- If you have a pressure dial on your machine, you may need to use it when quilting due to the thickness of the quilt. It raises or lowers the presser foot when the foot in in the down position. It’s very handy.
- Use a circular embroidery attachment when sewing a complete circle or long arc. It creates a pivot point and as long as you don’t bunch up the quilt in any way, you’ll have a perfect circle and won’t need to worry about staying on the line. They are brilliant.
- If your design has both straight lines and intricate curves, it maybe a nightmare to quilt. In the last couple of years, machine manufacturers have been starting to create presser feet for domestic machines that can be used with the thicker quilt rulers that longarmers use. This way a design can be quilted with the free-motion foot and straight lines can be quilted using a ruler with the FMQ foot. Yay! Once you’ve sewn that spiral, you’ll know what designs can be quilted with the walking foot. It’ll also make you a better quilt pattern designer as you’ll be thinking about what foot the design will be quilted with as you’re drawing the design and make changes to it as necessary.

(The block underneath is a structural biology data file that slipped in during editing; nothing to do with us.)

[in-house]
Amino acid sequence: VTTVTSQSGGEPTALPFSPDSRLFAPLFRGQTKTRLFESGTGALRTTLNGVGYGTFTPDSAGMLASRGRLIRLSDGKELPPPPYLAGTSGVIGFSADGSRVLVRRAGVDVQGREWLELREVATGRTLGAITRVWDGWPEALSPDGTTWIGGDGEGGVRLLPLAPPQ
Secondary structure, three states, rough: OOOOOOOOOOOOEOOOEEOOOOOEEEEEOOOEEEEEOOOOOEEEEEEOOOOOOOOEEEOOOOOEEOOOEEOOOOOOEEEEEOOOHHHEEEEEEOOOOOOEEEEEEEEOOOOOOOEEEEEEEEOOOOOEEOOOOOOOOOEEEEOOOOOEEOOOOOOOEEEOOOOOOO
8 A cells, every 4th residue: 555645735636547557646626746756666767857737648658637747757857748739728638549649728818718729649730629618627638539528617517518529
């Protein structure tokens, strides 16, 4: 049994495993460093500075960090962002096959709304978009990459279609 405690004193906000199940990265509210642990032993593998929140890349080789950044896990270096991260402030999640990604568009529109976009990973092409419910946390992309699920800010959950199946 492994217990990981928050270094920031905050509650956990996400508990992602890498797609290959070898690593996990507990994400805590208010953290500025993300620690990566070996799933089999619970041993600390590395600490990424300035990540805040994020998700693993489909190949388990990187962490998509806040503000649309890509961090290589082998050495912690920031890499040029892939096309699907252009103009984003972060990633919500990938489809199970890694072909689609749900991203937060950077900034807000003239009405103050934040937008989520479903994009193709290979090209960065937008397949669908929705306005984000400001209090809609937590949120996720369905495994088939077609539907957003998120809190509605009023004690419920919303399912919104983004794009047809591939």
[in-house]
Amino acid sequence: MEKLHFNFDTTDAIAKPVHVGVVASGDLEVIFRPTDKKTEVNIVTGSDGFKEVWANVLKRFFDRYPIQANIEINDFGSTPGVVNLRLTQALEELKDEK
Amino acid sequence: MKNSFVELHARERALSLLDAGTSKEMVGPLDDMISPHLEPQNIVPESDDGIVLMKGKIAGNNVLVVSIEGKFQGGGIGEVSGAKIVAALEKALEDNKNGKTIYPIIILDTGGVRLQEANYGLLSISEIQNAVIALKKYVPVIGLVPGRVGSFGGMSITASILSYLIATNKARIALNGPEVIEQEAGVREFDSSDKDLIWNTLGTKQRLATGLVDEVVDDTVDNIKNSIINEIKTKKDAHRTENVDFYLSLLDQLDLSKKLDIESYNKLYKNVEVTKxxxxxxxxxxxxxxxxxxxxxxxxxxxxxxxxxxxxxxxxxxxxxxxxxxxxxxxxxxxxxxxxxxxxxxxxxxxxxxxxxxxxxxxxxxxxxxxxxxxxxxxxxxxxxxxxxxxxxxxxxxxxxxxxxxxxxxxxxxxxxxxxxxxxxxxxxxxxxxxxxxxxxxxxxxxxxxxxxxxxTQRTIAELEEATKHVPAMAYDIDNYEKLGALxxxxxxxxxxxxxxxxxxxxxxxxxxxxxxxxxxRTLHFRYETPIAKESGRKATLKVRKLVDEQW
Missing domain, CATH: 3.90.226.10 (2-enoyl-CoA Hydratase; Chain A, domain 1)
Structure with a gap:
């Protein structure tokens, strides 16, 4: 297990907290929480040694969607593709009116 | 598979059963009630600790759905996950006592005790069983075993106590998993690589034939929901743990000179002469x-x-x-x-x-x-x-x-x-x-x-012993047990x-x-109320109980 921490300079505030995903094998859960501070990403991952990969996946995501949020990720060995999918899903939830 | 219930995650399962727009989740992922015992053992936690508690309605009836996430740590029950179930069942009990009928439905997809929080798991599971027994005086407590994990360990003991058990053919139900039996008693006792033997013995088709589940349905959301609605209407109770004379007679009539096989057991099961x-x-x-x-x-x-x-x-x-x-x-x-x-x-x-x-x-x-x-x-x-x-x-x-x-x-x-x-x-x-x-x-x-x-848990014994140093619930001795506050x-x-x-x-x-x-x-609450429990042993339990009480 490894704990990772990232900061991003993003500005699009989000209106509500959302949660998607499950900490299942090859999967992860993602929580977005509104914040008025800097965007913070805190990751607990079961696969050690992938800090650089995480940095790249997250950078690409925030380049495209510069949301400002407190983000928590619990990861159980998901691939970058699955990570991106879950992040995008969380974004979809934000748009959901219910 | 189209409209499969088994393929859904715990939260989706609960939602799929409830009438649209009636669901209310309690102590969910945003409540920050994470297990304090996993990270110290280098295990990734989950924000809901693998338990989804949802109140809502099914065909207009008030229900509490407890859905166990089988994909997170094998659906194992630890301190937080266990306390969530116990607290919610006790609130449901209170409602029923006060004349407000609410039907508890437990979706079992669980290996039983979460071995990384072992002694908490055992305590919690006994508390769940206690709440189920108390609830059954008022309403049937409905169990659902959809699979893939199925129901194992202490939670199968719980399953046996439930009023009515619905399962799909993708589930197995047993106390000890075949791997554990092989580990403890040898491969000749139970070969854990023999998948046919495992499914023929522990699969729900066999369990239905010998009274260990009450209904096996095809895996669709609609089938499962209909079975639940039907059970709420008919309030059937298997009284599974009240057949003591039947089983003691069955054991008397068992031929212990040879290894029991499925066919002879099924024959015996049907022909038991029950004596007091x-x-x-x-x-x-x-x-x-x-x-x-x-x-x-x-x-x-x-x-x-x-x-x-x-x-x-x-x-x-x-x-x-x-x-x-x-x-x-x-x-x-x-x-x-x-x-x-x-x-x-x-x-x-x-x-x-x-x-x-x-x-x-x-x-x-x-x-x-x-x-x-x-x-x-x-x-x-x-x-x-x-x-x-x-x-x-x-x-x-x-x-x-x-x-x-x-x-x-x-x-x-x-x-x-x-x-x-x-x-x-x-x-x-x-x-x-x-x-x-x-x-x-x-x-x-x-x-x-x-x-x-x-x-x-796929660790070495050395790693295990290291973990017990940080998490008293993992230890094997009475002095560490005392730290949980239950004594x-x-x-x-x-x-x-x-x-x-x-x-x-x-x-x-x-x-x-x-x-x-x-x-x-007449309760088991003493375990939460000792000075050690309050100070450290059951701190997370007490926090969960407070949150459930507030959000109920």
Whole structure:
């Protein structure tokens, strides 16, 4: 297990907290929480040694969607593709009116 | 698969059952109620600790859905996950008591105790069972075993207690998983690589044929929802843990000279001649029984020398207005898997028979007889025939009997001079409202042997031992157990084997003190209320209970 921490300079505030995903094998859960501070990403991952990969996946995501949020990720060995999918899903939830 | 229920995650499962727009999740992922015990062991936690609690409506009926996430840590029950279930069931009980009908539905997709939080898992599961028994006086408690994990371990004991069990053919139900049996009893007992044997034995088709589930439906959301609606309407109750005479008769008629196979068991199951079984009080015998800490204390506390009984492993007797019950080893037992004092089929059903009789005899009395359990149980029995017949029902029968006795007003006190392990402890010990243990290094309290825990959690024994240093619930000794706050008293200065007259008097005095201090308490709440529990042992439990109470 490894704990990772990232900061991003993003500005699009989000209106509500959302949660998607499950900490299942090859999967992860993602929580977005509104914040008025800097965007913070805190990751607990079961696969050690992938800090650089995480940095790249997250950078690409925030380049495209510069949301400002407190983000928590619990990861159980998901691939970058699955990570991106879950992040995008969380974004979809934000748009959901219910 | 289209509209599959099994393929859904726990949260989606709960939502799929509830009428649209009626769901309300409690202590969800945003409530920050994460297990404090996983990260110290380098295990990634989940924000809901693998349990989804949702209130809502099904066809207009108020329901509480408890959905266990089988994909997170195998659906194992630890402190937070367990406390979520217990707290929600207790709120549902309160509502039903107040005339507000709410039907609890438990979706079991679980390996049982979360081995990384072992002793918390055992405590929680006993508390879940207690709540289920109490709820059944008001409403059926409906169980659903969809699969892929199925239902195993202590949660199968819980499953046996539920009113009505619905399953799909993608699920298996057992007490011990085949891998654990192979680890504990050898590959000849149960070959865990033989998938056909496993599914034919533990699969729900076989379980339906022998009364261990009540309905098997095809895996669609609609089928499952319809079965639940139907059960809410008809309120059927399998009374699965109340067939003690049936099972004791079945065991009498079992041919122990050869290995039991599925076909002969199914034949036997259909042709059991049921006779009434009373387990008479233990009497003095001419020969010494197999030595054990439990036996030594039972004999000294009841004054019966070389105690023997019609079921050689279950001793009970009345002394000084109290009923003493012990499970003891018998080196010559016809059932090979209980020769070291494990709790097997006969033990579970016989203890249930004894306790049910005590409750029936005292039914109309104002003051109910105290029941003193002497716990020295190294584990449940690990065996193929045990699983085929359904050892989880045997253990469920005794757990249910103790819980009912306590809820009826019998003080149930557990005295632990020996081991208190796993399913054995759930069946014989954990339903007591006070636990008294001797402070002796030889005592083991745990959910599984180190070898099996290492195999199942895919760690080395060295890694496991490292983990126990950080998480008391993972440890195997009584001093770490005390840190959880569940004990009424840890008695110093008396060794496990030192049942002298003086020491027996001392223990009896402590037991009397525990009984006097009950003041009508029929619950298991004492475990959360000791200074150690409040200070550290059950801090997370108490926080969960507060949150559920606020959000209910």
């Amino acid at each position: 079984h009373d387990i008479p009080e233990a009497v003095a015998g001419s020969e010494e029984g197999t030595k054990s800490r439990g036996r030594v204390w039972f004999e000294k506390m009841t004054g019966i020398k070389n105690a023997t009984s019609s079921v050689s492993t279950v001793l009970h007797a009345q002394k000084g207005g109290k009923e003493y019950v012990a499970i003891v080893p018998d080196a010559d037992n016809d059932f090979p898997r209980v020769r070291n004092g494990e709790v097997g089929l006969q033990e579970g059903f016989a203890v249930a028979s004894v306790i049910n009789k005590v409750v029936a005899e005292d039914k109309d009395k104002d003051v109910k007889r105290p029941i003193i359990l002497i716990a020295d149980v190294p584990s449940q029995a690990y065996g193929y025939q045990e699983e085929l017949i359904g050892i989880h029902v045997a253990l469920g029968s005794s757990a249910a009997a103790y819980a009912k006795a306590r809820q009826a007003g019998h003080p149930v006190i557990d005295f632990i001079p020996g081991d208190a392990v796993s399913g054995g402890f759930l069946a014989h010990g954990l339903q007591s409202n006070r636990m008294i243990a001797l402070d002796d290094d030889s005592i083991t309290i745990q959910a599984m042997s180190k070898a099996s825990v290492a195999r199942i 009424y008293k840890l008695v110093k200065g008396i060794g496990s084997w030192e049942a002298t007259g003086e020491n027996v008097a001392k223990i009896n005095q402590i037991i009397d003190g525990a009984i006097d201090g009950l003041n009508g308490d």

- When stitching in the ditch (that’s the lower side of the seam when the seams are butted and not open), I gently prise open the seam a little so I can get the needle on the underside of the top fabric. I do this by pressing a finger either side of the seam but I don’t distort the seam. It basically makes the SID work invisible.
- I am a firm believer in stabilising the quilt with SID work, whether it be with the FMQ or walking foot. It works for me as the quilt is sectioned off into bite size pieces that aren’t puckered…but that’s information for another post.
Well done if you’ve made it through this post!